Cobalt with six waters

This cobalt ion was seen in a paper by some gifted chemists who made coordination complexes with tetrahydrofuran-1,2,3,4-tetracarboxylic acid.[i] I have to admire their compound, in some ways I wish I had done that chemistry myself.

Now it is well known that cobalt(II) salts in dilute water solutions are pale pink in colour, this is a sign that the cobalt is in a octahedral complex with six waters attached. However under some conditions deep blue complexes of cobalt are formed, this is normally a sign that a tetrahedral complex of cobalt as formed. It is well known that the solution of cobalt in bis-2-ethylhexyl hydrogen phosphate in a hydrocarbon solvent is deep blue. This made me want to look to see if X-ray crystallography has ever been used to characterize the idea mononuclear (complex with a single metal atom) of cobalt with two dialkyl phosphate ligands.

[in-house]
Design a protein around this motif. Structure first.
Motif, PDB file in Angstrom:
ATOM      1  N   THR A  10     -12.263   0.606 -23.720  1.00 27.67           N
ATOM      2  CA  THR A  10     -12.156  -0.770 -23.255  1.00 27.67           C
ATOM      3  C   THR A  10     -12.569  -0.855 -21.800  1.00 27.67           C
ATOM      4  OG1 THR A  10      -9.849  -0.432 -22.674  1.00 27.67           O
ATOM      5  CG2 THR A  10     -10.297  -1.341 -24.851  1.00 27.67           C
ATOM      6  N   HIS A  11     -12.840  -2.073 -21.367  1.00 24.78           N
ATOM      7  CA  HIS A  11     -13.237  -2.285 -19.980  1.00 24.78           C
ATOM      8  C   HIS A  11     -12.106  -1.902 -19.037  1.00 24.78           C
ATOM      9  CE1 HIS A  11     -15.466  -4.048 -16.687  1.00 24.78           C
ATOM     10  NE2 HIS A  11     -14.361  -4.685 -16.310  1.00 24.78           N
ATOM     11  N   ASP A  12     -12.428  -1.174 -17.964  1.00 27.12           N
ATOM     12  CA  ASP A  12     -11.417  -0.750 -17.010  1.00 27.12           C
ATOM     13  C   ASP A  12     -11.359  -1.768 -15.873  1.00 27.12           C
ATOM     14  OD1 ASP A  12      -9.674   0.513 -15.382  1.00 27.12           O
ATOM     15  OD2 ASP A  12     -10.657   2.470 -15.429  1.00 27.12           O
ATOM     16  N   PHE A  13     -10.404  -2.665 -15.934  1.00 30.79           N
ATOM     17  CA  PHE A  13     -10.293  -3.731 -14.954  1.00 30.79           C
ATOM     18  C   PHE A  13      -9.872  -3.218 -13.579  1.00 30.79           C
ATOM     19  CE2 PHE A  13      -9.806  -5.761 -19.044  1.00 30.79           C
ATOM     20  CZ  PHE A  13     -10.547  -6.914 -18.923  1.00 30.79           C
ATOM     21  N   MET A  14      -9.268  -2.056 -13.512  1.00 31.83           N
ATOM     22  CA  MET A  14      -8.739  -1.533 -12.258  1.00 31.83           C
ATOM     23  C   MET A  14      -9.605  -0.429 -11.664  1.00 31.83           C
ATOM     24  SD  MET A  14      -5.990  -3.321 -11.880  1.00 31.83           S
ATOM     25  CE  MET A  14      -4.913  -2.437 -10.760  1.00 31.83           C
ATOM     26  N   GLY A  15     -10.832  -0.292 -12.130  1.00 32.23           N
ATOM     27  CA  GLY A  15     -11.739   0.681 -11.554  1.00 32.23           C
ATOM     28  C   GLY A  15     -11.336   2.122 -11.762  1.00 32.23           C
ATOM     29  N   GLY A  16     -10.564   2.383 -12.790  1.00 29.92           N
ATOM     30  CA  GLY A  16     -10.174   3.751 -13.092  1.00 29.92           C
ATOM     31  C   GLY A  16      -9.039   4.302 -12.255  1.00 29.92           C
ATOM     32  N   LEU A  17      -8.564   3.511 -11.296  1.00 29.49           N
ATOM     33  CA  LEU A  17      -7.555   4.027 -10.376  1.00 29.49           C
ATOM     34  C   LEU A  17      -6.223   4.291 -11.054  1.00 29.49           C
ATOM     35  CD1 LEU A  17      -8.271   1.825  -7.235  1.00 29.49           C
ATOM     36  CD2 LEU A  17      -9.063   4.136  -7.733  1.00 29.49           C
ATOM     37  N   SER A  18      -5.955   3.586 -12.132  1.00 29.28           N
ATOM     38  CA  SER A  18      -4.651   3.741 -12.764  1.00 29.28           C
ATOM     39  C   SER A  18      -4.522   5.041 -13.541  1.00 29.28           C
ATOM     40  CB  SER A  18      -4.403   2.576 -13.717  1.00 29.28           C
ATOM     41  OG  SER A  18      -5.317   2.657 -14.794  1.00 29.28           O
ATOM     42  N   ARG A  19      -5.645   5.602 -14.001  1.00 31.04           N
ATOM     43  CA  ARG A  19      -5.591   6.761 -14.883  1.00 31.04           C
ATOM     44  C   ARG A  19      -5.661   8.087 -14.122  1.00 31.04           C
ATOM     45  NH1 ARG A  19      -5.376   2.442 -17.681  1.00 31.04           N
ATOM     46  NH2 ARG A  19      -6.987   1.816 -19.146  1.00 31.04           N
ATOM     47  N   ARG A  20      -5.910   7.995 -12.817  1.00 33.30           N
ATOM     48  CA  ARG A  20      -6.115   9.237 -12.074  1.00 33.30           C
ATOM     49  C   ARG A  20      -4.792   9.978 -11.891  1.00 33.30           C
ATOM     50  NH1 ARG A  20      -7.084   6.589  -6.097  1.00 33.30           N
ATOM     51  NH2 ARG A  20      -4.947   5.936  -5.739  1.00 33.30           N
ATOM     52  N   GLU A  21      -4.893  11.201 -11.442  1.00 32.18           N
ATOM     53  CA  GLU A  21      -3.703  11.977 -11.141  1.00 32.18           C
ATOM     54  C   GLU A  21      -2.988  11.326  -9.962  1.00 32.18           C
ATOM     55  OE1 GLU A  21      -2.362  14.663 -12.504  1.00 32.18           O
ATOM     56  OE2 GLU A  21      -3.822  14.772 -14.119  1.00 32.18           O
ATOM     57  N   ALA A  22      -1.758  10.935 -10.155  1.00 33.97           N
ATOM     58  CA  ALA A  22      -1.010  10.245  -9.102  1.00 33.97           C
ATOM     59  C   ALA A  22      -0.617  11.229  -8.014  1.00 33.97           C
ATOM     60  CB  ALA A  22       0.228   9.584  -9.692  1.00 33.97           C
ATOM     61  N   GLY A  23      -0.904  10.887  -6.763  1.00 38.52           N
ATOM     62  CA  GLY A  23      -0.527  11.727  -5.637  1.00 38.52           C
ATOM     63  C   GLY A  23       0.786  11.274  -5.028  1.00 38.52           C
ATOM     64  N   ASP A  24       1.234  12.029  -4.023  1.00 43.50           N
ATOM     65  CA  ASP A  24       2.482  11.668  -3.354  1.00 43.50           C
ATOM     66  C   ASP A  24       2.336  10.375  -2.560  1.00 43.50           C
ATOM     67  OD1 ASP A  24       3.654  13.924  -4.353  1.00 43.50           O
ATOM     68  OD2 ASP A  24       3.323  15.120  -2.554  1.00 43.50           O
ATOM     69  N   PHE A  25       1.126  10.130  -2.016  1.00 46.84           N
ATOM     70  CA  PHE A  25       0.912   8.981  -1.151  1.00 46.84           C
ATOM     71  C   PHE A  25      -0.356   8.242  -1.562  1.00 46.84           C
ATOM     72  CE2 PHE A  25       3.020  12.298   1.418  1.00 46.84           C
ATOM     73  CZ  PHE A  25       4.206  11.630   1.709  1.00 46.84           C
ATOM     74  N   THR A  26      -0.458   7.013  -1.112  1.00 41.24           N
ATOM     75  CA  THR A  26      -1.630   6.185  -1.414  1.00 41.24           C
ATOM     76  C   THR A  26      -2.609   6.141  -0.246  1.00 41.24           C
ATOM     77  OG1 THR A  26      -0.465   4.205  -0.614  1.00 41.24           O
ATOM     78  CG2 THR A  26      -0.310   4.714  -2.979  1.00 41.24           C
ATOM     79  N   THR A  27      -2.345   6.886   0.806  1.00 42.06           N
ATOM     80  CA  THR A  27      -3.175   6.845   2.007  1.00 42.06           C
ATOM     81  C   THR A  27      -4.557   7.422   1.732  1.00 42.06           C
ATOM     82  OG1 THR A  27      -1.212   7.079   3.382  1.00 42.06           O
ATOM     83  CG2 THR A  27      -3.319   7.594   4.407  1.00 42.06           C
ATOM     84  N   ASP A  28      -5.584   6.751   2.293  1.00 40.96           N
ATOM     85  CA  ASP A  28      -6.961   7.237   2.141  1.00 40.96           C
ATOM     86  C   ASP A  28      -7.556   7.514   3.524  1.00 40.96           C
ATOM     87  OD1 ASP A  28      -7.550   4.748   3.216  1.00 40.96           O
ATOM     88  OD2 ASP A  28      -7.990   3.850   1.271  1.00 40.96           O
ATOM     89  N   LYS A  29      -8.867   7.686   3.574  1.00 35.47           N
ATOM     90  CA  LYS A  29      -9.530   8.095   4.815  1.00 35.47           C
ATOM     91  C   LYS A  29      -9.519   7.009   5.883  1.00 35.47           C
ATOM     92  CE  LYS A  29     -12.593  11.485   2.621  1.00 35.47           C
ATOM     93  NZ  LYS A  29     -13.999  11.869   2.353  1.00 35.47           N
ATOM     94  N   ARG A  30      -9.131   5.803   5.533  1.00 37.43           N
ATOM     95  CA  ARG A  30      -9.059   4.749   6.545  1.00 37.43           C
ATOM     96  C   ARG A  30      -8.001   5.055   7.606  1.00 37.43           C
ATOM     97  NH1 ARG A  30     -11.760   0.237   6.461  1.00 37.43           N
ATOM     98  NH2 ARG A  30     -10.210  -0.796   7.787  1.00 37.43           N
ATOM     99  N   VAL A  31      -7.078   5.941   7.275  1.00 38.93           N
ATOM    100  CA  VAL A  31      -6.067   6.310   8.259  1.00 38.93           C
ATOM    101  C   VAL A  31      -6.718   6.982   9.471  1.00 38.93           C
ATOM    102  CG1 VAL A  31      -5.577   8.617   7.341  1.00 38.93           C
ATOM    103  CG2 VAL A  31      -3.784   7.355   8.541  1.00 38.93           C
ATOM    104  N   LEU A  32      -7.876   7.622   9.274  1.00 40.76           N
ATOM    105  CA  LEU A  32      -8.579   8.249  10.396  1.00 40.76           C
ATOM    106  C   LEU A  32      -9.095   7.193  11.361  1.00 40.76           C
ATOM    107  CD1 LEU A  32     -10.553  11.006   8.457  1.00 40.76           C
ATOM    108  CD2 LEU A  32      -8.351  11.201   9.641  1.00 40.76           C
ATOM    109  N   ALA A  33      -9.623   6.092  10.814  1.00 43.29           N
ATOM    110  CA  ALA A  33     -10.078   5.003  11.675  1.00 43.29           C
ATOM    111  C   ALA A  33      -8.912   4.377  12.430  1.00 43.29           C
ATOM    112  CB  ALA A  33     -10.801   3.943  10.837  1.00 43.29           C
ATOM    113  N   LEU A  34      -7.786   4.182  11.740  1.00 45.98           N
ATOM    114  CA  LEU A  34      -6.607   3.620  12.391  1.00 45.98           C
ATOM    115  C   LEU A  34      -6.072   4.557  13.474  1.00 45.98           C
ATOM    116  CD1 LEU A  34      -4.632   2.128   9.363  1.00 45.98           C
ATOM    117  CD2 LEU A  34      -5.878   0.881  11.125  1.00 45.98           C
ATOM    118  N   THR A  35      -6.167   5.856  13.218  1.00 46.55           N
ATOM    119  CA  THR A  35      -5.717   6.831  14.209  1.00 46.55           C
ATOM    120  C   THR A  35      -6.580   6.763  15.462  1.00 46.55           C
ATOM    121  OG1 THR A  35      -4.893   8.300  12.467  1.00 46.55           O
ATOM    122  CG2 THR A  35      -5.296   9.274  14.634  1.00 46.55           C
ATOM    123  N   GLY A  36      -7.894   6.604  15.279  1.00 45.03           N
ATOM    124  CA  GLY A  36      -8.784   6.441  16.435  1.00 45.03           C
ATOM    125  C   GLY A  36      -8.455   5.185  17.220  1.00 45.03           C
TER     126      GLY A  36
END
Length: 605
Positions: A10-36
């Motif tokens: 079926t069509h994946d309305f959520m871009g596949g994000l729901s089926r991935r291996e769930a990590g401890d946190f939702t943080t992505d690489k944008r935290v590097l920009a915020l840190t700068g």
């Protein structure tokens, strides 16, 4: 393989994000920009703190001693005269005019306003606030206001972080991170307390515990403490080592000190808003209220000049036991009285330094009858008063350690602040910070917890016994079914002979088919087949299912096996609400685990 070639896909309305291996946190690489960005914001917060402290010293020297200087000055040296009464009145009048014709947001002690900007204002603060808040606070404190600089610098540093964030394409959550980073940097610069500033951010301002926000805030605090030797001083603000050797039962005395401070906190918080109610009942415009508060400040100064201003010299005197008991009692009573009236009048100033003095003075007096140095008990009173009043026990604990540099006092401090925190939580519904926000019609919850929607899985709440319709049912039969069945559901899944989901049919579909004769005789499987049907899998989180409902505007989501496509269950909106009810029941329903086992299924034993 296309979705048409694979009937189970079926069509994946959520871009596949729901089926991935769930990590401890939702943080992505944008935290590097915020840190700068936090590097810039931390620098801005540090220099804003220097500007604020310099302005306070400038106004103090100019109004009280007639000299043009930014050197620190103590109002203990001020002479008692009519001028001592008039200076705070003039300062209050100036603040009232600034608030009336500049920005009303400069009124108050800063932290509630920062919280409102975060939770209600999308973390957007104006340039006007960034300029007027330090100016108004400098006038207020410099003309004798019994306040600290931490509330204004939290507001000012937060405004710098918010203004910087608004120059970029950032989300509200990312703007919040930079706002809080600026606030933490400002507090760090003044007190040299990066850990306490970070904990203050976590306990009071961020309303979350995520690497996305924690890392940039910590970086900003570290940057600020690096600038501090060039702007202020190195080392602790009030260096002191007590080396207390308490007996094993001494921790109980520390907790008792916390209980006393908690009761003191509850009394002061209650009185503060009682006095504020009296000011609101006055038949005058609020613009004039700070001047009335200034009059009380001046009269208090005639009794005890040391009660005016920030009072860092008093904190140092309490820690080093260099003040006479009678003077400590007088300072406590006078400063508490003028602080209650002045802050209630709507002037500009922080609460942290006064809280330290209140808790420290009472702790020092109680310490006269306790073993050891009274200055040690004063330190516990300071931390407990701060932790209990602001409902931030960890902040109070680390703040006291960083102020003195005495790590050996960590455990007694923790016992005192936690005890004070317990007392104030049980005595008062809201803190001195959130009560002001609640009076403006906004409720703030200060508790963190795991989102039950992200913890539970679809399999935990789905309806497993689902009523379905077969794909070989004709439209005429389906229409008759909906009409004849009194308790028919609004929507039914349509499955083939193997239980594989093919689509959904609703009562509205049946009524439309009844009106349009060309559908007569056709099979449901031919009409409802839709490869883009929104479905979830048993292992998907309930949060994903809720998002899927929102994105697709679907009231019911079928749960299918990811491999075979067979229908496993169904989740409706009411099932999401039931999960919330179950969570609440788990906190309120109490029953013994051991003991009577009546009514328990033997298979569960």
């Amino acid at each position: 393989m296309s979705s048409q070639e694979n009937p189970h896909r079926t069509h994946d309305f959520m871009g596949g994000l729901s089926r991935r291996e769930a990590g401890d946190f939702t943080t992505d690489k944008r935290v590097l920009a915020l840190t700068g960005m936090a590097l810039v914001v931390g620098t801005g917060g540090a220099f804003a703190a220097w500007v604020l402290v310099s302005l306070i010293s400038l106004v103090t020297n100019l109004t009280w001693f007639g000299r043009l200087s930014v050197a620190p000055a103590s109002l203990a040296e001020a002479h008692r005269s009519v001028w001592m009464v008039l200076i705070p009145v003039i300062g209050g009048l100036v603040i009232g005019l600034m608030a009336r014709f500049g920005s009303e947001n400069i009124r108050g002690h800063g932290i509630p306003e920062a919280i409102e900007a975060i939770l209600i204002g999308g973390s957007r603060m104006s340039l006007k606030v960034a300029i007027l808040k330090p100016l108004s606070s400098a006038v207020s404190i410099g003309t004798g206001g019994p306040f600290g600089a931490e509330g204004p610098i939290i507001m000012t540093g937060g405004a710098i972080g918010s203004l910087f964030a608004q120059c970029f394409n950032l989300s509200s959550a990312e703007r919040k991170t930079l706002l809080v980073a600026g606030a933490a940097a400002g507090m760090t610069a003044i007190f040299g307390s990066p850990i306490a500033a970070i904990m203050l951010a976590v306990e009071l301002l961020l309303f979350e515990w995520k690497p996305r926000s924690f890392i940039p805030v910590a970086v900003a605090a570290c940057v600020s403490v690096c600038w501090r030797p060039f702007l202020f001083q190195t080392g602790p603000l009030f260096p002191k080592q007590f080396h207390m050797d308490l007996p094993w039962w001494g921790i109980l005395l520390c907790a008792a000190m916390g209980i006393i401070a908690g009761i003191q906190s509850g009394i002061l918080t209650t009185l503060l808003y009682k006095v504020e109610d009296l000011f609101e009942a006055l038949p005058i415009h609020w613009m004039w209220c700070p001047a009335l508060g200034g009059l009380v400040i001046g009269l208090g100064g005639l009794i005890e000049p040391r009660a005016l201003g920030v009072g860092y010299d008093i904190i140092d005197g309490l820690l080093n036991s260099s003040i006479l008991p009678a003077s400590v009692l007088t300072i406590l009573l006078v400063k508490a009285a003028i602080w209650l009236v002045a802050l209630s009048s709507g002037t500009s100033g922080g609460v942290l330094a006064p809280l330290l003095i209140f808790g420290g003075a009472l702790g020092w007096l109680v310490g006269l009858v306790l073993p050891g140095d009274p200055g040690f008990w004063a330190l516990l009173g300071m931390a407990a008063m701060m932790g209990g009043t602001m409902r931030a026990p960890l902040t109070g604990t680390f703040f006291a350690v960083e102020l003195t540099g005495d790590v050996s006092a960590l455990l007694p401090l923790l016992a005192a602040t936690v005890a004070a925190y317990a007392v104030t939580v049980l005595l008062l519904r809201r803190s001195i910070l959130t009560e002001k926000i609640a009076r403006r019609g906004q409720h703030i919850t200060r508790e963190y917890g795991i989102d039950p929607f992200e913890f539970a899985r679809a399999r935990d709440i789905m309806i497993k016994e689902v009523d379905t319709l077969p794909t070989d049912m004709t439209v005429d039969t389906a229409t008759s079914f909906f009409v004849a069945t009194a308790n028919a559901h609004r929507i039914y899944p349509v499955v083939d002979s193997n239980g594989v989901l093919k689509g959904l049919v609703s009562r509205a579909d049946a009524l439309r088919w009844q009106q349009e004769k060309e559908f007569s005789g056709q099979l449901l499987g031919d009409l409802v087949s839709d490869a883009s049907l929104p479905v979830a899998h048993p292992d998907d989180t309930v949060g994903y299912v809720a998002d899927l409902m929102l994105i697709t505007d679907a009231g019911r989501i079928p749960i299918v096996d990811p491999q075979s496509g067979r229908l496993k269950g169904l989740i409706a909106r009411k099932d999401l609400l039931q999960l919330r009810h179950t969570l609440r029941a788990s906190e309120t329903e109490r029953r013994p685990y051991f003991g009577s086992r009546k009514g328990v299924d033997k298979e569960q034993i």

When I did the search I was in for a shock, I found a coordination polymer of cobalt and bis tert-butyl phosphate in which tetrahedral cobalts were linked by the dialkyl phosphates into a 1D chain. I also found bis-(((4,7,7-Trimethyl-3-oxobicyclo[2.2.1]hept-2-yl)phosphinato)-((4,7,7-trimethyl-3-oxobicyclo[2.2.1]hept-2-yl) hydrogen phosphinato))-cobalt(II) which is made from one cobalt(II) ion, two molecules of bis-(4,7,7-trimethyl-3-oxobicyclo[2.2.1]heptan-2-yl) phosphinic acid and two molecules of the conjugate base of this rather long named phosphinic acid.

I looked in the Cambridge database for metal complexes in which two dialkyl phosphate ligands chelate to a single metal atom to form a complex. None were found, I soon concluded that the oxygen oxygen distance is too large as the phosphorus atom is tetrahedral, this is different to a carboxylate where the central carbon is trigonal planar.

Here are the XYZ coordinates of a typical model phosphorus compound

O(1) -1.368 1.517 -0.000
P(2) -0.171 0.647 -0.000
O(3) 1.160 1.562 -0.000
C(4) -0.185 -0.423 1.516
C(5) -0.185 -0.424 -1.516
H(6) 1.876 0.950 -0.000
H(7) 0.715 -1.078 1.517
H(8) -1.102 -1.054 1.516
H(9) -0.177 0.220 2.424
H(10) -1.091 -0.199 -2.122
H(11) 0.726 -0.221 -2.122
H(12) -0.199 -1.495 -1.213

 

The two oxygen atoms are 2.5 Å apart,  now we can compare the distance with that in acetic acid. Again here is the xyz table, and in acetic acid the oxygens are 2.2 Å apart which makes it much more easy to form a chelate ring.